As a statement about self and religion, the question strikes at the heart of those who see self as a father [a leader] of others. Regardless of one’s human gender, each individual creates self-esteem. As such, each individual “fathers” the way one projects into the world. In religion, we routinely call a spiritual guide “Father,” as though he or she is a resurrection of God in the flesh [not Jesus]. When Christianity is seen as the measure for who loves Jesus more, the “father of himself” is anyone [including oneself, regardless of human gender] who chooses their own brains over submission to the Father and His Son. A “father of oneself” is then that which creates one’s image of “self.”
By understanding this concept of “father” from the words of Luke, referencing what Jesus spoke intuitively to all followers, this is more than meets the eye. Rather than be intended to make one think about hating dear old dad, the call must be heard to love this aspect of self-promotion – be one who begets one’s image to the world – less than one loves God. One is called to love self-image less than God, the ultimate “father” figure. However, due to the self-ego, everyone (male or female) plays the role of god in one’s life, where that god is the father of self. Those who worship self more than God cannot be disciples of Jesus.
kai the mother –
As far as Jewish heritage goes, a baby born to a Jewish mother becomes a Jew by birth, even if the Jewish mother is married to a Gentile husband. Thus, the kai is an indication that this importance must be understood. As far as some Americans are concerned [Charlie Manson immediately comes to mind], momma is not always a saintly person in the eyes of children. While a father is the same [many hate their fathers], Jesus was not promoting anyone break the Commandment “Honor your father and mother,” as one does that (honors dad and mom) by becoming a “father and mother.” Therefore, loving mom less than God has nothing to do with this requirement to be a disciple of Jesus.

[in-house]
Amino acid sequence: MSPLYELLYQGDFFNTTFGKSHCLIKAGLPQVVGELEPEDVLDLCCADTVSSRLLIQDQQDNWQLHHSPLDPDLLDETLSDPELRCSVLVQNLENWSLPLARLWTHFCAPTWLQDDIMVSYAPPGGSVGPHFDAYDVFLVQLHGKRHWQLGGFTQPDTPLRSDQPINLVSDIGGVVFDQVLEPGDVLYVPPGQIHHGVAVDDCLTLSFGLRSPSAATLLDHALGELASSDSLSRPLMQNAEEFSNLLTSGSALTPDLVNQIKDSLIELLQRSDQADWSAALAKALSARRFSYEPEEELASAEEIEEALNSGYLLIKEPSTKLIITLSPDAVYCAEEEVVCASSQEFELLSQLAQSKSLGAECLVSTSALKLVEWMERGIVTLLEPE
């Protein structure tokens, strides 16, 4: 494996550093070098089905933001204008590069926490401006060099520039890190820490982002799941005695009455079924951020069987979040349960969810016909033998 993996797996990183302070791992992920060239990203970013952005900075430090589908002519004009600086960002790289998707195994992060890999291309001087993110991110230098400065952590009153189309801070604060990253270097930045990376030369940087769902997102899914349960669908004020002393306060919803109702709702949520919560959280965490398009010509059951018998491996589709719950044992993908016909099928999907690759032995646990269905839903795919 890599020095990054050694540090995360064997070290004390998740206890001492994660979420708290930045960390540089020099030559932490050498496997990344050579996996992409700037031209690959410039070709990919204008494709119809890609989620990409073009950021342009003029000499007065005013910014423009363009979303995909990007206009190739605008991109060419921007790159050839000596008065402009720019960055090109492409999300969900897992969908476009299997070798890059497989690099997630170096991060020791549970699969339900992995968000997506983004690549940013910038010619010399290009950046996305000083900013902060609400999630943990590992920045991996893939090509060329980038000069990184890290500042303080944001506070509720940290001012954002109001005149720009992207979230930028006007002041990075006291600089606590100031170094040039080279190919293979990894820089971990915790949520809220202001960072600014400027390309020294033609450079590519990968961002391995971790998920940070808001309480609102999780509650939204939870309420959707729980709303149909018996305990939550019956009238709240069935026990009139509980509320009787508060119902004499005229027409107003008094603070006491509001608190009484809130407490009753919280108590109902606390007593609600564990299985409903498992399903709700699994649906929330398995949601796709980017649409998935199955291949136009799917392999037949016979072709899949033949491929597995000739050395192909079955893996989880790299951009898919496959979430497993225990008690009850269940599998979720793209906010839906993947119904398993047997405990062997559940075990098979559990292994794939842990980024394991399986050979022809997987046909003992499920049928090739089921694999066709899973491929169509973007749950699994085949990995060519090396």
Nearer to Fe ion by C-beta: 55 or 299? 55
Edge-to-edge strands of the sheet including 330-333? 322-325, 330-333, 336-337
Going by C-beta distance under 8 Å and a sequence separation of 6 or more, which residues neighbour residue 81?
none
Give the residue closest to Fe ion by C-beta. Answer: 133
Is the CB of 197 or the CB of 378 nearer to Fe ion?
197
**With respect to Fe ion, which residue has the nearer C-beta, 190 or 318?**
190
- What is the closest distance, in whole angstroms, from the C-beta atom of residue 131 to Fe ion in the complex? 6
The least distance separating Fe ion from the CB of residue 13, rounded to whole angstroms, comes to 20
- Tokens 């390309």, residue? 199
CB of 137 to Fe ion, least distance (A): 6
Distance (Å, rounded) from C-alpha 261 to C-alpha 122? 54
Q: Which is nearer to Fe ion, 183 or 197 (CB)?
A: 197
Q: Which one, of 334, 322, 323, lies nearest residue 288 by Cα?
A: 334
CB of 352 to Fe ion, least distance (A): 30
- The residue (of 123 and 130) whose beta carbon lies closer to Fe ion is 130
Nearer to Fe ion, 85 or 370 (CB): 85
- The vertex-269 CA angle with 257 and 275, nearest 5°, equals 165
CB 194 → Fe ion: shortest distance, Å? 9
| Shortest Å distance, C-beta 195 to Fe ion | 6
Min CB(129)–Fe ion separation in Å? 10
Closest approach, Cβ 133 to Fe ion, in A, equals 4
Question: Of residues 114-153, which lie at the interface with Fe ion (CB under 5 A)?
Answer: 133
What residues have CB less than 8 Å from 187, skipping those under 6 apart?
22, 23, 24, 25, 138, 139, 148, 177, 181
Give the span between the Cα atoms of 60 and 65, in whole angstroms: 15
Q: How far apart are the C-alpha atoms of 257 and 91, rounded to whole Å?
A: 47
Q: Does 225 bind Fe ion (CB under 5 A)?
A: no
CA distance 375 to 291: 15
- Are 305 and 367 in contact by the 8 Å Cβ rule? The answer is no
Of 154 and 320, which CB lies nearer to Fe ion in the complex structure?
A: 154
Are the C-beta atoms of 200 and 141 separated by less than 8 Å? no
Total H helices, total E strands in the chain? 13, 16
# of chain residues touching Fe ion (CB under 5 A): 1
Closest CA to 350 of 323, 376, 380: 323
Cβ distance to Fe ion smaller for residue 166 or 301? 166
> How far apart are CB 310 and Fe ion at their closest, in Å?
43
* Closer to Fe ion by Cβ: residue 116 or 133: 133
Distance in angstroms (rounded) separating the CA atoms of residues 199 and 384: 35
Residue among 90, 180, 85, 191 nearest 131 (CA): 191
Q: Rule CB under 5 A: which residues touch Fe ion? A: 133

Just as a father is that which creates one’s image of self, a mother is the womb that gives birth to a new self. We are self in the flesh, born of a mother’s womb and given the breath of life by God (a soul entered into flesh); but, to be a disciple of Jesus we have to love less that soul-body entity and give birth to a new self, one that has the Holy Spirit. To transform in that Spiritual manner, one must become the “mother” of that transformation. One’s sinful body nurtures a weak soul to do its bidding, which is one’s self-mother; and, that is the mother that must be hated or loved less, in order to let go of the old and be born anew.
The conditional scenario set by Jesus is then stating that one must love less what oneself has given birth to in this world [including one’s self-identity] and strongly feels attached to. The drive to nurture and excuse every flaw in the book is the mother in us all; but, all are called to love that mothering instinct to protect oneself from all challengers less than all should love God.
[As an aside, my wife was an Episcopal priest. All her flocks referred to her as Mother. She was not a mother of Christianity. God’s priests serve the Father as Saints, who are all reproductions of the Son. There is no goddess principle in Christianity. The “If” scenario says a true Christian must love less such titles of self-respect and self-reverence [father and mother in some religious terminology], as God is the true love, with His Son the only relationship true Christians share.]
kai the wife –